Continuing along Hart Street, According to Google Maps, The Ship is a 19th-century, traditional dark wood pub, with classic pub food available in the upstairs dining room.

B-W Challenge 2022-8
Cheshire Cheese Pub on Crutched Friars.

For a recent challenge, I included this black-and-white image of Crutched Friars near the Cheshire Cheese Pub. I trimmed it into a panoramic image in part to crop out a very bright street light that shone down from the train bridge that runs over this part of the road.

One Lens Walk-9
Fenchurch Street Station. “Mind the Gap.”

My last stop on this one-lens walk is Fenchurch Street Underground station. Even though it was later in the evening, the shops in the station were mostly still open and there was plenty of pedestrian traffic. In front of the station, there is a collection of modern public art.

Thanks to Anne who in her challenge gave me the opportunity to share a collection of images captured with my Sony on my one-lens walk. The lens on this model Sony point-and-shoot camera is not removable, so it was perfect for this challenge. My only regret is my forgetting to open the lens wider from where it was set when I used it earlier in the day. You may notice if you see the specs in my Flickr album that at one point, I realized my error, and some of the images were captured at the f/1.8 opening.

You can take a closer look at all of these images in my Flickr album here. Next week the Lens-Artists team welcomes Donna for her first challenge post as a regular. For more details on joining our weekly challenge, check out my post here.

One final note, on the date of publication, my wife and I will be packing and heading south to Port Canaveral to board the NCL Escape on another cruise. If I don’t respond to comments quickly, it’s probably due to my lack of Internet access. As I gain access during our trip, I’ll be sure to respond.

John Steiner


  1. We’ll John, you added an extra challenge by shooting at night! Bravo for your taking the challenge to heart, recognizing an issue and fixing it in post, and doing a terrific job of showing us London at night. I loved that you chowed everyday/night London instead of tourist London. Terrific post, loved the images!

  2. I enjoyed following your night time walk around an area I’m more often in during the day than at night. The panned bus shot has come out really well and I love the night shot of the Tower.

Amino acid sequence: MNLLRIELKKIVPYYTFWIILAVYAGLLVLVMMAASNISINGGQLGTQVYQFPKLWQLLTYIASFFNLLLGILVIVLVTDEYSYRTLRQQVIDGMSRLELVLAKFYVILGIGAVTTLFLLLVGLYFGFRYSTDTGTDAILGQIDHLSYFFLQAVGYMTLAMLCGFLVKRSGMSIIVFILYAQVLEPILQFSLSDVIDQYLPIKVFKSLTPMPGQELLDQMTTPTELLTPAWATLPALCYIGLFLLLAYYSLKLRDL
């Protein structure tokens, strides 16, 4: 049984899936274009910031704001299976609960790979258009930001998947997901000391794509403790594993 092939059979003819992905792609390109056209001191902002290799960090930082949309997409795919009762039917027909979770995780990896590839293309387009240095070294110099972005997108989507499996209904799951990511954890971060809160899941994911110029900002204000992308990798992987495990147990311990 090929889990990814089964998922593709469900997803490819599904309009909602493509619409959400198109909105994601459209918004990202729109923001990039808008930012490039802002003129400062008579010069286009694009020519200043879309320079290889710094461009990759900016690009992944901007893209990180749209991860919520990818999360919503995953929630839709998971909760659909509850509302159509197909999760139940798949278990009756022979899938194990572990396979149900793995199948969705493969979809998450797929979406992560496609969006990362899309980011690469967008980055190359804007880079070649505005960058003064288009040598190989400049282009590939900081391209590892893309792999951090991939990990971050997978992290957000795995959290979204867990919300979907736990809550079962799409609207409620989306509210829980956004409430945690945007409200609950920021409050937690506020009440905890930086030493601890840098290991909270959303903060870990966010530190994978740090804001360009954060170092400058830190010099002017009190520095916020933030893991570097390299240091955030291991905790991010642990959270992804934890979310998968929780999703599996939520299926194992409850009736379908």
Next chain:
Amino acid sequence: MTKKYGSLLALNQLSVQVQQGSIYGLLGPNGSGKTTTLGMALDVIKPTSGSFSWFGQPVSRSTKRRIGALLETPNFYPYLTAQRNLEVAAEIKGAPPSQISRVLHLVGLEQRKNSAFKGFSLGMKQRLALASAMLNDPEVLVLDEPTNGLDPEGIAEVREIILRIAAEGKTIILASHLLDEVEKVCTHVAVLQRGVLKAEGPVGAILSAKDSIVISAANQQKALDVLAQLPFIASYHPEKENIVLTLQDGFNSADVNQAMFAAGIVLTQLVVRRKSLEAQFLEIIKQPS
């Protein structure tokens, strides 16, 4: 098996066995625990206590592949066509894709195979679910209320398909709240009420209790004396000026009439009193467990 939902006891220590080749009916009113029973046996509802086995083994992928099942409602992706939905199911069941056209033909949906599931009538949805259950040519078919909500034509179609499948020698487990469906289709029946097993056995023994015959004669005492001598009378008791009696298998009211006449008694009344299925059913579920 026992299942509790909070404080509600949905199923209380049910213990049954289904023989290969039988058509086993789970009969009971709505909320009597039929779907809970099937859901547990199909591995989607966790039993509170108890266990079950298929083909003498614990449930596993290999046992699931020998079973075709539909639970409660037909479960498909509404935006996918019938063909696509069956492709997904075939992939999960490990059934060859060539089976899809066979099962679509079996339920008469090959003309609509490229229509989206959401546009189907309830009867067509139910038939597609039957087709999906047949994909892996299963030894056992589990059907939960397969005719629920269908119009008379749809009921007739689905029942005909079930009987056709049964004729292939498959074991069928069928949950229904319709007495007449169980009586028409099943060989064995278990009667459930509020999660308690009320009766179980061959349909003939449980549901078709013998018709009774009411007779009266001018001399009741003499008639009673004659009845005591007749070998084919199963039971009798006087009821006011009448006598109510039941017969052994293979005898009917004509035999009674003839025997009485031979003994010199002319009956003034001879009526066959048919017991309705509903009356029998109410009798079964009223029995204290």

A useful (?) point for any future visit to London. Our subway system is called the Underground, or the Tube colloquially, never the metro 😉

  3. London is a great place to take a walk, and with a focus on nighttime shots was extra. I loved the Tower of London shot, but I loved more that you captured the essence of the night in the city. And without many people around. My favorite was the last photo of Fenchurch Street Station, but I loved the whole walk. I also loved that you guided us with your camera uses.

    I know you are having fun…on your Escape. pun intended .

  4. Hi John, for not a fan of London, you made it look interesting. Great photos, I do like the literally approach to the challenge. Night time photography is always a challenge in itself, so well done. I recognised the black and white photo and I think I like it even more.

    • Thank you, Sofia! I wasn’t thinking of a challenge when I took the walk. I really wanted to try some night photography. It has been a while since my previous experiences.
      I was happy that this challenge fit my project. 🙂

  5. I love London, but haven´t visited for 5 years now. LOVED your walk and night time shots. I can feel the atmosphere through your lens! Have a great cruising tour!

  6. Travel is like nothing else. Looks like a great trip with lots of great photo memories. I haven’t been to London in so long, but my wife really wants to see it, so hopefully soon…

  7. Hi Johnbo
    I like all
    The photos for mood and various light-
    But my fav is the opening photo with the vendor – because the subject to the right has that blue color and the photo kept inviting me back to explore